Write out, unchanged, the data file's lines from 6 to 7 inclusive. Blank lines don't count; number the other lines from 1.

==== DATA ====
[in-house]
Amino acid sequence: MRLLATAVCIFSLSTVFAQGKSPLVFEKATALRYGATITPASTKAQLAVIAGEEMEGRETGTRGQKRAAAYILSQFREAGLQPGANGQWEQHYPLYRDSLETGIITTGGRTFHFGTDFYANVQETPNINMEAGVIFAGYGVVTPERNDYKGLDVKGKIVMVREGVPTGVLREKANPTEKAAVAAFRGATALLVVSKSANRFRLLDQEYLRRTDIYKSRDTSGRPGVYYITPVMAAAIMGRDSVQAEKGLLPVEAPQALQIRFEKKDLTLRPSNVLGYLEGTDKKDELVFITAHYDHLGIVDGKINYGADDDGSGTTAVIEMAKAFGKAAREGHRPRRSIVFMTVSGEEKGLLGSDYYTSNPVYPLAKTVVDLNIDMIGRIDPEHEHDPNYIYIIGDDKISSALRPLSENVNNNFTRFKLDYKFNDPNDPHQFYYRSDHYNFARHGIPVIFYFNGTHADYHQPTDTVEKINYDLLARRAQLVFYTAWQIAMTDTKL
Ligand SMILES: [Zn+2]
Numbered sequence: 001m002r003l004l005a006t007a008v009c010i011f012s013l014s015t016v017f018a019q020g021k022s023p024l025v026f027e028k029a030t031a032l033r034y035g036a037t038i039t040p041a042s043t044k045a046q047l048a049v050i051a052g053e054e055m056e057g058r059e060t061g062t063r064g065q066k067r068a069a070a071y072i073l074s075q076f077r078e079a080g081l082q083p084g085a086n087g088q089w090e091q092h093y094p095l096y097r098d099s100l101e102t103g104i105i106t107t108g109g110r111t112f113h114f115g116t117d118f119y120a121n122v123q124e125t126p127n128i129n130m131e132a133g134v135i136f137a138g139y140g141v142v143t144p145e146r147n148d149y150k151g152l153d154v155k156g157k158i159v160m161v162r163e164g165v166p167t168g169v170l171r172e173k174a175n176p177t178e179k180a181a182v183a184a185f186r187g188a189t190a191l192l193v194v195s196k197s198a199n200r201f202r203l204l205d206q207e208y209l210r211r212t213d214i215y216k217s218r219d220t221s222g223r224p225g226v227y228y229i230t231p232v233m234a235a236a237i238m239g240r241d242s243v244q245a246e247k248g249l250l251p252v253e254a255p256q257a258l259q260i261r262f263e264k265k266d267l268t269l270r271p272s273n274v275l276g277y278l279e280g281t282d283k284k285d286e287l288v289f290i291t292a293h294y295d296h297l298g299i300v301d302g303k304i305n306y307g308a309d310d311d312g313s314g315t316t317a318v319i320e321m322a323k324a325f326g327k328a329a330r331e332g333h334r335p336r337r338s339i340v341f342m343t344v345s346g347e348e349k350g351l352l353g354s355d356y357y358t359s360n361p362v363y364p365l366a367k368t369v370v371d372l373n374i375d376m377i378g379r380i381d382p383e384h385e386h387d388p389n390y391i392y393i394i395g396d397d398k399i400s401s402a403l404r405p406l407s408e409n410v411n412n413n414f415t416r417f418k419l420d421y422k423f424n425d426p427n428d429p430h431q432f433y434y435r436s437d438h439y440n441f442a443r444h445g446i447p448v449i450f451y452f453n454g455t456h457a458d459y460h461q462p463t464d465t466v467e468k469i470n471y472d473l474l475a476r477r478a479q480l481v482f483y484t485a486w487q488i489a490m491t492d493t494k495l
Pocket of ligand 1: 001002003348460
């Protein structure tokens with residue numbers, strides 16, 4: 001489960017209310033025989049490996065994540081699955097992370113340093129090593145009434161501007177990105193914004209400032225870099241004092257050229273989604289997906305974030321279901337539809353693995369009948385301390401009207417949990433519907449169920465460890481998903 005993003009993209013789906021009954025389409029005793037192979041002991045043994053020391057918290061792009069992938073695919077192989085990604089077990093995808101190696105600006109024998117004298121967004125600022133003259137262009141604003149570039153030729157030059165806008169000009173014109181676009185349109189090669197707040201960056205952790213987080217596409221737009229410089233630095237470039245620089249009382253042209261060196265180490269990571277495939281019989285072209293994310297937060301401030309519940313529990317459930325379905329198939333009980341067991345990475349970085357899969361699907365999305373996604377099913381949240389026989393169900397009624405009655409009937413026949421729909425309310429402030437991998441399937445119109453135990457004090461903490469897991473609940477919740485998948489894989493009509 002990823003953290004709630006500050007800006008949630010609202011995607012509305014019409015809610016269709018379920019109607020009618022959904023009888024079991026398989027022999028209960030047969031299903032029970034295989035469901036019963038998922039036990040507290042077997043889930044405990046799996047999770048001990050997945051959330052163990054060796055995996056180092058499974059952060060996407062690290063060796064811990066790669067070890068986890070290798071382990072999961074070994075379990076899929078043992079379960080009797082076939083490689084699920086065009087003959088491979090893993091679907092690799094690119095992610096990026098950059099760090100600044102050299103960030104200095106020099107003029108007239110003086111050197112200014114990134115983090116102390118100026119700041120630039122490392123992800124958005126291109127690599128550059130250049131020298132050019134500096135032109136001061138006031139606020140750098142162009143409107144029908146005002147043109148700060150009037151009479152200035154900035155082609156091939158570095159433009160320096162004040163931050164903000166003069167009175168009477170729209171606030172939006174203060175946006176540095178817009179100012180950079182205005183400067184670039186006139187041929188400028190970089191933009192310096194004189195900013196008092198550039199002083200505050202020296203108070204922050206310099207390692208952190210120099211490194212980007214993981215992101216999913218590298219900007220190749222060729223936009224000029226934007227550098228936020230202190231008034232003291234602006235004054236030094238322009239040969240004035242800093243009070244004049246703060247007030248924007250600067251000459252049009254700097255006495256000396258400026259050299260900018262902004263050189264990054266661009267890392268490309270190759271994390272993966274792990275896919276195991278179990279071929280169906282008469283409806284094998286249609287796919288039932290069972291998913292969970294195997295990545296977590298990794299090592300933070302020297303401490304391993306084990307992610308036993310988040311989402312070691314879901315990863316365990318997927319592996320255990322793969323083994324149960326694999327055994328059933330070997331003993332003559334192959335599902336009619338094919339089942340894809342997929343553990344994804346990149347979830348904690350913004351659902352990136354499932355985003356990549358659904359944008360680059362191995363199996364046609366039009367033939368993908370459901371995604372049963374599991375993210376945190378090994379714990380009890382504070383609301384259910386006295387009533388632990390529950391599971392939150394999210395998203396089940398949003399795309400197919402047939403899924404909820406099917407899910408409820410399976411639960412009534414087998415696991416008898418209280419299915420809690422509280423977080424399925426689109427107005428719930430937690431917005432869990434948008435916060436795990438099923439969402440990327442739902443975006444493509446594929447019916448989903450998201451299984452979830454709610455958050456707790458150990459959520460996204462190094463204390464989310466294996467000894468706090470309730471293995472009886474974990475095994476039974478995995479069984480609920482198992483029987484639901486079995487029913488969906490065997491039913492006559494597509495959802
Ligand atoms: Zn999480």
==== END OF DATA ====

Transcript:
């Protein structure tokens with residue numbers, strides 16, 4: 001489960017209310033025989049490996065994540081699955097992370113340093129090593145009434161501007177990105193914004209400032225870099241004092257050229273989604289997906305974030321279901337539809353693995369009948385301390401009207417949990433519907449169920465460890481998903 005993003009993209013789906021009954025389409029005793037192979041002991045043994053020391057918290061792009069992938073695919077192989085990604089077990093995808101190696105600006109024998117004298121967004125600022133003259137262009141604003149570039153030729157030059165806008169000009173014109181676009185349109189090669197707040201960056205952790213987080217596409221737009229410089233630095237470039245620089249009382253042209261060196265180490269990571277495939281019989285072209293994310297937060301401030309519940313529990317459930325379905329198939333009980341067991345990475349970085357899969361699907365999305373996604377099913381949240389026989393169900397009624405009655409009937413026949421729909425309310429402030437991998441399937445119109453135990457004090461903490469897991473609940477919740485998948489894989493009509 002990823003953290004709630006500050007800006008949630010609202011995607012509305014019409015809610016269709018379920019109607020009618022959904023009888024079991026398989027022999028209960030047969031299903032029970034295989035469901036019963038998922039036990040507290042077997043889930044405990046799996047999770048001990050997945051959330052163990054060796055995996056180092058499974059952060060996407062690290063060796064811990066790669067070890068986890070290798071382990072999961074070994075379990076899929078043992079379960080009797082076939083490689084699920086065009087003959088491979090893993091679907092690799094690119095992610096990026098950059099760090100600044102050299103960030104200095106020099107003029108007239110003086111050197112200014114990134115983090116102390118100026119700041120630039122490392123992800124958005126291109127690599128550059130250049131020298132050019134500096135032109136001061138006031139606020140750098142162009143409107144029908146005002147043109148700060150009037151009479152200035154900035155082609156091939158570095159433009160320096162004040163931050164903000166003069167009175168009477170729209171606030172939006174203060175946006176540095178817009179100012180950079182205005183400067184670039186006139187041929188400028190970089191933009192310096194004189195900013196008092198550039199002083200505050202020296203108070204922050206310099207390692208952190210120099211490194212980007214993981215992101216999913218590298219900007220190749222060729223936009224000029226934007227550098228936020230202190231008034232003291234602006235004054236030094238322009239040969240004035242800093243009070244004049246703060247007030248924007250600067251000459252049009254700097255006495256000396258400026259050299260900018262902004263050189264990054266661009267890392268490309270190759271994390272993966274792990275896919276195991278179990279071929280169906282008469283409806284094998286249609287796919288039932290069972291998913292969970294195997295990545296977590298990794299090592300933070302020297303401490304391993306084990307992610308036993310988040311989402312070691314879901315990863316365990318997927319592996320255990322793969323083994324149960326694999327055994328059933330070997331003993332003559334192959335599902336009619338094919339089942340894809342997929343553990344994804346990149347979830348904690350913004351659902352990136354499932355985003356990549358659904359944008360680059362191995363199996364046609366039009367033939368993908370459901371995604372049963374599991375993210376945190378090994379714990380009890382504070383609301384259910386006295387009533388632990390529950391599971392939150394999210395998203396089940398949003399795309400197919402047939403899924404909820406099917407899910408409820410399976411639960412009534414087998415696991416008898418209280419299915420809690422509280423977080424399925426689109427107005428719930430937690431917005432869990434948008435916060436795990438099923439969402440990327442739902443975006444493509446594929447019916448989903450998201451299984452979830454709610455958050456707790458150990459959520460996204462190094463204390464989310466294996467000894468706090470309730471293995472009886474974990475095994476039974478995995479069984480609920482198992483029987484639901486079995487029913488969906490065997491039913492006559494597509495959802
Ligand atoms: Zn999480």